Saturday, 20 December 2014 - 01:20 UTC
Solar activity reached high levels right at the beginning of 20 December. Sunspot region 2242 produced a long duration X1.88 (R3-strong) solar flare that peaked at 00:28 UTC. It looks like this solar flare is eruptive and launched a coronal mass ejection but will it also come towards earth?
Sunspot region 2242 produced a long duration X1.88 (R3-strong) solar flare that peaked at 00:28 UTC. SDO/AIA imagery shows that material left the solar corona. Coronal dimming (darkening of the corona following the ejection) could be seen and a coronal mass ejection was likely launched. The coronal mass ejection could very well have an earth-directed component as sunspot region 2242 is in a good position to do so but AIA imagery does suggest that most of the material is traveling in a south-western direction. We however need to wait for SOHO imagery to confirm how much material was ejected and if some of it will hit Earth. This should become clear later today.
Another thing to note is that solar radiation storm could occur in the hours ahead as this solar flare occured in the western hemisphere. For more information regarding what a solar radiation storm is please read this page.
We will come back with more information later today once SOHO imagery is available.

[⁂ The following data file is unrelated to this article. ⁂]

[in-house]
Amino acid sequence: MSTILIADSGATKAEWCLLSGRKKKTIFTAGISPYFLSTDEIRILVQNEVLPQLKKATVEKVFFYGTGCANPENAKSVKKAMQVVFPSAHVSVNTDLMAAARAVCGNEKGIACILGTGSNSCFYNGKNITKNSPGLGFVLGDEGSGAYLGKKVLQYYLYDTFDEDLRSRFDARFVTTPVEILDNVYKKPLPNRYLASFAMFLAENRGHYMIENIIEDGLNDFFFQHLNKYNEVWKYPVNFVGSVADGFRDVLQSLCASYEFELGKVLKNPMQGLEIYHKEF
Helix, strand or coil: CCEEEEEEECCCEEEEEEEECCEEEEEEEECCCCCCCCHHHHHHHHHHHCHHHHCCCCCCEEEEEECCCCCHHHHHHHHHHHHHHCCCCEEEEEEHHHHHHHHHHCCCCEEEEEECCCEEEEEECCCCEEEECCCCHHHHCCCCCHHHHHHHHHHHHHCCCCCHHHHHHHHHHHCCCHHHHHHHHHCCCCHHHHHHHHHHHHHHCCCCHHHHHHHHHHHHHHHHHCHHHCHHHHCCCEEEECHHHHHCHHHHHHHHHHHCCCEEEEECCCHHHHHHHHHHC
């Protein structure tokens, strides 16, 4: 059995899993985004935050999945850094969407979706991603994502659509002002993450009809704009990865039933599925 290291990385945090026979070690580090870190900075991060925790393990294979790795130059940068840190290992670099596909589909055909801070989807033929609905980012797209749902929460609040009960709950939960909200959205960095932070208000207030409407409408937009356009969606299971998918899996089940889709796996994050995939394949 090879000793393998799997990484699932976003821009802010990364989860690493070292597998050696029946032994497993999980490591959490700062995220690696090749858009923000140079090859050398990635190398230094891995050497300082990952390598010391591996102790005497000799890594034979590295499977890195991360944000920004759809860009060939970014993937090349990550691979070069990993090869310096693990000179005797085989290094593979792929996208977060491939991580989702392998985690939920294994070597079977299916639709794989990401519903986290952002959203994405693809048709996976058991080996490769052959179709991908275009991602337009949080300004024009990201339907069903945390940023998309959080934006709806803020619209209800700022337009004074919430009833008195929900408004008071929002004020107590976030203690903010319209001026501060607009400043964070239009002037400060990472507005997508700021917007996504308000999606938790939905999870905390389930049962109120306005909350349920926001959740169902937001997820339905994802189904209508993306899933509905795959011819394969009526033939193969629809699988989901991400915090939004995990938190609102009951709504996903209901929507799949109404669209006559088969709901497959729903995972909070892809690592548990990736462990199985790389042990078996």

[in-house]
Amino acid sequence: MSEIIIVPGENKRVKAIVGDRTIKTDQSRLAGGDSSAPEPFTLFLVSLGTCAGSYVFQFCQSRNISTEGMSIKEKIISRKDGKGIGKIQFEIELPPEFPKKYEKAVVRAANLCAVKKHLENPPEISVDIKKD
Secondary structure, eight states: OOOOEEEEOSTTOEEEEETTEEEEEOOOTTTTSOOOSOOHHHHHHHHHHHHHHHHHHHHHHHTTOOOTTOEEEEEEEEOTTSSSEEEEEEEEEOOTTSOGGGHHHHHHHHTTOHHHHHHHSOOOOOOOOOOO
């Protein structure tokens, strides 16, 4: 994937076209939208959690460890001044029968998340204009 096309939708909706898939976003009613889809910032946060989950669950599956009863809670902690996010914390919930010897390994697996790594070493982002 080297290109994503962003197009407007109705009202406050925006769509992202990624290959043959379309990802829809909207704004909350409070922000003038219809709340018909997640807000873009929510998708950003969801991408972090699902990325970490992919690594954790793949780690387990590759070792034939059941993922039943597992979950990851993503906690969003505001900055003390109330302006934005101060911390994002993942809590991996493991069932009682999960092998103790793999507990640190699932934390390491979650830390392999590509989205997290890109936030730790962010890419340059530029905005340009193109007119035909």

ALERT: X-Ray Flux exceeded M5 Threshold Reached: 2014 Dec 20 0020 UTC NOAA Scale: R2 - Moderate
SUMMARY: X-ray Event exceeded X1 Begin Time: 2014 Dec 20 0011 UTC Maximum Time: 2014 Dec 20 0028 UTC End Time: 2014 Dec 20 0055 UTC X-ray Class: X1.8 Optical Class: 2b Location: S19W29 NOAA Scale: R3 - Strong Comment: NOAA Active Region 12242; optical class is preliminary
ALERT: Type II Radio Emission Begin Time: 2014 Dec 20 0050 UTC Estimated Velocity: 900 km/s
SUMMARY: 10cm Radio Burst Begin Time: 2014 Dec 20 0018 UTC Maximum Time: 2014 Dec 20 0024 UTC End Time: 2014 Dec 20 0100 UTC Duration: 52 minutes Peak Flux: 2300 sfu Latest Penticton Noon Flux: 216 sfu
Note that there is also a G1 minor geomagnetic storm watch currently in place. You can read more about that if you follow this link.
Images, video and data from: NASA SDO, SIDC and NOAA SWPC.
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